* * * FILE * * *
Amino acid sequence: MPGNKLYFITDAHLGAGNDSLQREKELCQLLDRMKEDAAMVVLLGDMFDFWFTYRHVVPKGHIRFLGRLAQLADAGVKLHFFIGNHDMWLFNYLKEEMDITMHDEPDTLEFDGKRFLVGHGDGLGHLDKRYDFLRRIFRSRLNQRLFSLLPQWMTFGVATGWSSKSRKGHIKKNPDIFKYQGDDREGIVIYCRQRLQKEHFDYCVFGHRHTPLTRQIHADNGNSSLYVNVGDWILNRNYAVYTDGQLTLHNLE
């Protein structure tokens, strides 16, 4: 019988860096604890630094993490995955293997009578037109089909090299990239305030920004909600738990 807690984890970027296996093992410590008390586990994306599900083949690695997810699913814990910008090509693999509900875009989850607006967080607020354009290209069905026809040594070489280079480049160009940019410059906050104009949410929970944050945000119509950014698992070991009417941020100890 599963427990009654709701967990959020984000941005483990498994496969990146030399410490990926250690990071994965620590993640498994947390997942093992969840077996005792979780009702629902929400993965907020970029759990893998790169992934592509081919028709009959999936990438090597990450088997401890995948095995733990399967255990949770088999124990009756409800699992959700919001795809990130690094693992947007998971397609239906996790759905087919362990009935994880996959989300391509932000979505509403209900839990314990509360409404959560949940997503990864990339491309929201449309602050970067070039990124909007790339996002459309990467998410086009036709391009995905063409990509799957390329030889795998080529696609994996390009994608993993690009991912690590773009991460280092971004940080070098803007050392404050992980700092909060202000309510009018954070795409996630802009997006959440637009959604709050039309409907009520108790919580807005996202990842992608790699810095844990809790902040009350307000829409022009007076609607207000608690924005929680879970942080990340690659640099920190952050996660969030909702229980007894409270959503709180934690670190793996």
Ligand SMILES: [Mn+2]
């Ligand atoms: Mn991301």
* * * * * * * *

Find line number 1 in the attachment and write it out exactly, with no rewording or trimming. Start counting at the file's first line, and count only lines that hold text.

Amino acid sequence: MPGNKLYFITDAHLGAGNDSLQREKELCQLLDRMKEDAAMVVLLGDMFDFWFTYRHVVPKGHIRFLGRLAQLADAGVKLHFFIGNHDMWLFNYLKEEMDITMHDEPDTLEFDGKRFLVGHGDGLGHLDKRYDFLRRIFRSRLNQRLFSLLPQWMTFGVATGWSSKSRKGHIKKNPDIFKYQGDDREGIVIYCRQRLQKEHFDYCVFGHRHTPLTRQIHADNGNSSLYVNVGDWILNRNYAVYTDGQLTLHNLE